Everyone knows it’s not easy to be Alice Feiring. Just ask her. Traveling the world, alone, talking to the kind of men your mother warned you about. Men living in remote places with little income and a few too many farm animals residing in the house. In her indefatigable campaign to preach the gospel of the One True Living Wine, the Only Wine Thou Shalt Worship, she has forgotten one thing. Her own peace and happiness. Wait, that’s two things. Never mind. In this unforgettable book, called simply “SAVED!” by both its admirers, Feiring confesses to self-doubt, “with absolutely nothing else added.” She writes about the early days of her wine religion, “when everyone drank wine more manipulated than a teenage boy’s dingdong.” In the end, it’s a book about the three P’s of self-promotion: Perseverance, Proselytizing, and Prevarication. It’s one woman’s struggle with a business that just doesn’t love her for who she really is, just uses her, like everyone else always has. Eric Asimov, in his blurb, insightfully remarks, “Hell, at least you didn’t have to wear tinfoil panties.”
MAKING FUN OF CELEBRITY WINES by Hugh Johnson and Jancis Robinson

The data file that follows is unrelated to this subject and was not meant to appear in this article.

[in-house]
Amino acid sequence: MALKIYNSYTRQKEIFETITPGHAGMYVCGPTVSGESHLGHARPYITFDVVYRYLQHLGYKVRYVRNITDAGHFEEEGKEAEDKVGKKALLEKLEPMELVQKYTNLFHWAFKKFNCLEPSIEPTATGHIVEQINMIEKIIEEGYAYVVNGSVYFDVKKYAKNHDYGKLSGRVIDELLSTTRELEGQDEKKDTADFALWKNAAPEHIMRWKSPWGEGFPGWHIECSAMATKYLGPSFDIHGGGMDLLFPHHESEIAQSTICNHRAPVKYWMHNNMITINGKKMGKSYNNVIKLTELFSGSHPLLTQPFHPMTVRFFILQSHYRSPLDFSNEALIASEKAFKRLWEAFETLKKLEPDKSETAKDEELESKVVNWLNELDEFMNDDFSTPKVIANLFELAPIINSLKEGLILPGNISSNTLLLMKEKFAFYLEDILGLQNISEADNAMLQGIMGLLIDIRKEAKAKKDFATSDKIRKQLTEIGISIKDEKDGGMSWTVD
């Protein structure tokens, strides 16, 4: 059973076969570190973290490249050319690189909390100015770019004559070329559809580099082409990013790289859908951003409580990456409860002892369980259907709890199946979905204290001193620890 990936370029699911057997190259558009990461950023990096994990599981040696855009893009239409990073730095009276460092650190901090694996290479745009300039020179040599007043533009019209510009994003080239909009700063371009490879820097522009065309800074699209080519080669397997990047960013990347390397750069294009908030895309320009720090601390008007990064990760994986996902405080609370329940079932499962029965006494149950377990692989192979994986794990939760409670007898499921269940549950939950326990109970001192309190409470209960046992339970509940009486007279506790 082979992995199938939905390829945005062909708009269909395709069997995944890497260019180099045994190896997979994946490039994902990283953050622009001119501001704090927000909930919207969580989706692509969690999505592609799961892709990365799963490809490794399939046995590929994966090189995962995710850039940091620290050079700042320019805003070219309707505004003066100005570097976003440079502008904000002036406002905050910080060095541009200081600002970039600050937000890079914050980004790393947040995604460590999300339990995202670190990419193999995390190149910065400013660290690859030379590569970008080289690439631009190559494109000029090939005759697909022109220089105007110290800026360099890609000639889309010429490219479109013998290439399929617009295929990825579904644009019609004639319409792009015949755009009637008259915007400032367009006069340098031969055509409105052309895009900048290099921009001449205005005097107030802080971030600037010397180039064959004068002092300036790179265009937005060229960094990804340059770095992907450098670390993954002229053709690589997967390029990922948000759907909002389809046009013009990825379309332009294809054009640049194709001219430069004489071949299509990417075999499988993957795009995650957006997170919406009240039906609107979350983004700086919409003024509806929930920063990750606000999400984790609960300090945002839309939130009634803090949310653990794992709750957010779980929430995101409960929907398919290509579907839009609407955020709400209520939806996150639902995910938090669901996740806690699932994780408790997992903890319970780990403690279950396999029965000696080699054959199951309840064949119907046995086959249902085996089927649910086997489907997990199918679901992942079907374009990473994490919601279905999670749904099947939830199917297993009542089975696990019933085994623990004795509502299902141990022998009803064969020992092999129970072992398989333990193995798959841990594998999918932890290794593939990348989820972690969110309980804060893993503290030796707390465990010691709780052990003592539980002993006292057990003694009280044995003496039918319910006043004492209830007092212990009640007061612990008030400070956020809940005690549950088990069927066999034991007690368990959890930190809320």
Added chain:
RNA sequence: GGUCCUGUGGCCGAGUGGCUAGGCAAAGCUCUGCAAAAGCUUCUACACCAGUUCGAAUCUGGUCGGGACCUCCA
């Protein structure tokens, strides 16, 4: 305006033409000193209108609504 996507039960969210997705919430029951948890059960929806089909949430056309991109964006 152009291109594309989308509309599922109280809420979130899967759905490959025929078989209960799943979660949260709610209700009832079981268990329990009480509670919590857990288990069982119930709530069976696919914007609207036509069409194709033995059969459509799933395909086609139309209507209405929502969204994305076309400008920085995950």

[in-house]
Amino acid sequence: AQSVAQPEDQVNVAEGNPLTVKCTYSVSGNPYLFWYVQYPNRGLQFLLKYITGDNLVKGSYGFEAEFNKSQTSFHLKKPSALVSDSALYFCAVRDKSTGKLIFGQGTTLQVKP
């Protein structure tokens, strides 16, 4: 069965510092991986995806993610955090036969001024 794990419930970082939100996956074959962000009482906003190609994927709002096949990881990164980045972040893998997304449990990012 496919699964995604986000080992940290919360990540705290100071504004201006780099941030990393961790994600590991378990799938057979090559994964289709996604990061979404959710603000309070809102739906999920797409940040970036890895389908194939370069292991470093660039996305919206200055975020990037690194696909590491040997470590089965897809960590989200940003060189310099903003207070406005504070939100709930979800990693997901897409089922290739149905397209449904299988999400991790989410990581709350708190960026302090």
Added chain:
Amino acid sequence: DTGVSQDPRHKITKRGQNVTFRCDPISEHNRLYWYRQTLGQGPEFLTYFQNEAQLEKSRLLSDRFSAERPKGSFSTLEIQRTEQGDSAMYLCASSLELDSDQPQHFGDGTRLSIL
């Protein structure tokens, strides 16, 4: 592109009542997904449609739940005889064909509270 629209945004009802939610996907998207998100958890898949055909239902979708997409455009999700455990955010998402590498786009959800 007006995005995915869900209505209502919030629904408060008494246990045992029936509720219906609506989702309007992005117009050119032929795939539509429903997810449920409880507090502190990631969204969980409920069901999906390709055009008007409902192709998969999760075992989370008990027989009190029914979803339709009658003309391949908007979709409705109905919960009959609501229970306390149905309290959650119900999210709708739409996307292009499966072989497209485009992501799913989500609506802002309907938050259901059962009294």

What in the wine business can deliver a healthier dose of schadenfreude than lousy wines made with celebrity money? Oh, sure, rich Mammon worshippers buying fake DRC from an Asian dork triggers the same lovely glow, but the damn prison sentence ruins the laughs. Johnson and Robinson examine the recent glut of celebrity wines and find that the power of stars only works for biodynamic wines, not highly-paid consultant wines. “I’m not sure which is more offensive,” writes Johnson, “the idea that people will pay more for wine because there is a celebrity behind it, or the insipid marketing materials that imply the celebrities actually do any work.” Among the wines discussed and dismissed, Yao Ming’s Napa Valley Cabernet (“It’s 85% Cabernet Sauvignon, 15% Pituitary Gland”), Drew Barrymore’s Pinot Grigio (“Thin and empty. And the wine’s no good either.”), and Dave Matthews’ Virginia Viognier (“If you think his singing is flat, wait until you put this in your mouth. Yes, Virginia, there is a de-alc machine.”) All in all, Making Fun of Celebrity Wines is an indispensable guide to everything wrong with our culture.